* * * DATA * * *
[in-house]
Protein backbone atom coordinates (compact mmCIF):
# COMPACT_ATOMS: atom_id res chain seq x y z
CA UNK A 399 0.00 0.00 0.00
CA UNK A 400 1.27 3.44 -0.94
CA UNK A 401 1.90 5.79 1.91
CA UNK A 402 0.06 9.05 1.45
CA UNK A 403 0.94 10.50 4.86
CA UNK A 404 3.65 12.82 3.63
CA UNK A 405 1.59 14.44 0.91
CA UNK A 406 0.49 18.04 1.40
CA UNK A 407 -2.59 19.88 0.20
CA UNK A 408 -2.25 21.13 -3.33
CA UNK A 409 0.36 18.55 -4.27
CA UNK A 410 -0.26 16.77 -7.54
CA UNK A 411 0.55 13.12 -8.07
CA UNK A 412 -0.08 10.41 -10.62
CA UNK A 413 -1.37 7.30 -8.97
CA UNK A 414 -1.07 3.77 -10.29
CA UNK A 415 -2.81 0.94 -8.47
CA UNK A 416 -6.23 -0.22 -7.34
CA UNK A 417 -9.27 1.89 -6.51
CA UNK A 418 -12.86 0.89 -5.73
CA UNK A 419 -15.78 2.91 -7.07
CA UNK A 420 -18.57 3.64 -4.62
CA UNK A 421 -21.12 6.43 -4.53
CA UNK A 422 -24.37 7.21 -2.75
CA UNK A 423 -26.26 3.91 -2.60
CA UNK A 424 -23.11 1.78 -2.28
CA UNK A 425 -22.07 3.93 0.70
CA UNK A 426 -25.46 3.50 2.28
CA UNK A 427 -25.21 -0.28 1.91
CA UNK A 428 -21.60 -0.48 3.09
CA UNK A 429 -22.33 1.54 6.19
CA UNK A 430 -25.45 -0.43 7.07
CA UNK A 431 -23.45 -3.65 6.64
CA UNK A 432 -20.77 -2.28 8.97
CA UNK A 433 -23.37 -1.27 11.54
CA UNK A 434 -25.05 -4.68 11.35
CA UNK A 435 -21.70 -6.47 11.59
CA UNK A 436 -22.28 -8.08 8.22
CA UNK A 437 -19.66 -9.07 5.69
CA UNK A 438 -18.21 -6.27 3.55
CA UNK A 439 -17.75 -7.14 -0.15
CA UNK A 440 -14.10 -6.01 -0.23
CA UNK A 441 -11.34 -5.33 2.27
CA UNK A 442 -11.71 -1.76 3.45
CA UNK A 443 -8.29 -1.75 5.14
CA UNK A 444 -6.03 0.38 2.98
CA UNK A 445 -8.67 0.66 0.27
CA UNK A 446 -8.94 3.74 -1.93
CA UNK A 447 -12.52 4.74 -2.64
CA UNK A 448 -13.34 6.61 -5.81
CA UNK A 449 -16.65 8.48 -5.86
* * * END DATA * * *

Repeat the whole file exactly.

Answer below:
[in-house]
Protein backbone atom coordinates (compact mmCIF):
# COMPACT_ATOMS: atom_id res chain seq x y z
CA UNK A 399 0.00 0.00 0.00
CA UNK A 400 1.27 3.44 -0.94
CA UNK A 401 1.90 5.79 1.91
CA UNK A 402 0.06 9.05 1.45
CA UNK A 403 0.94 10.50 4.86
CA UNK A 404 3.65 12.82 3.63
CA UNK A 405 1.59 14.44 0.91
CA UNK A 406 0.49 18.04 1.40
CA UNK A 407 -2.59 19.88 0.20
CA UNK A 408 -2.25 21.13 -3.33
CA UNK A 409 0.36 18.55 -4.27
CA UNK A 410 -0.26 16.77 -7.54
CA UNK A 411 0.55 13.12 -8.07
CA UNK A 412 -0.08 10.41 -10.62
CA UNK A 413 -1.37 7.30 -8.97
CA UNK A 414 -1.07 3.77 -10.29
CA UNK A 415 -2.81 0.94 -8.47
CA UNK A 416 -6.23 -0.22 -7.34
CA UNK A 417 -9.27 1.89 -6.51
CA UNK A 418 -12.86 0.89 -5.73
CA UNK A 419 -15.78 2.91 -7.07
CA UNK A 420 -18.57 3.64 -4.62
CA UNK A 421 -21.12 6.43 -4.53
CA UNK A 422 -24.37 7.21 -2.75
CA UNK A 423 -26.26 3.91 -2.60
CA UNK A 424 -23.11 1.78 -2.28
CA UNK A 425 -22.07 3.93 0.70
CA UNK A 426 -25.46 3.50 2.28
CA UNK A 427 -25.21 -0.28 1.91
CA UNK A 428 -21.60 -0.48 3.09
CA UNK A 429 -22.33 1.54 6.19
CA UNK A 430 -25.45 -0.43 7.07
CA UNK A 431 -23.45 -3.65 6.64
CA UNK A 432 -20.77 -2.28 8.97
CA UNK A 433 -23.37 -1.27 11.54
CA UNK A 434 -25.05 -4.68 11.35
CA UNK A 435 -21.70 -6.47 11.59
CA UNK A 436 -22.28 -8.08 8.22
CA UNK A 437 -19.66 -9.07 5.69
CA UNK A 438 -18.21 -6.27 3.55
CA UNK A 439 -17.75 -7.14 -0.15
CA UNK A 440 -14.10 -6.01 -0.23
CA UNK A 441 -11.34 -5.33 2.27
CA UNK A 442 -11.71 -1.76 3.45
CA UNK A 443 -8.29 -1.75 5.14
CA UNK A 444 -6.03 0.38 2.98
CA UNK A 445 -8.67 0.66 0.27
CA UNK A 446 -8.94 3.74 -1.93
CA UNK A 447 -12.52 4.74 -2.64
CA UNK A 448 -13.34 6.61 -5.81
CA UNK A 449 -16.65 8.48 -5.86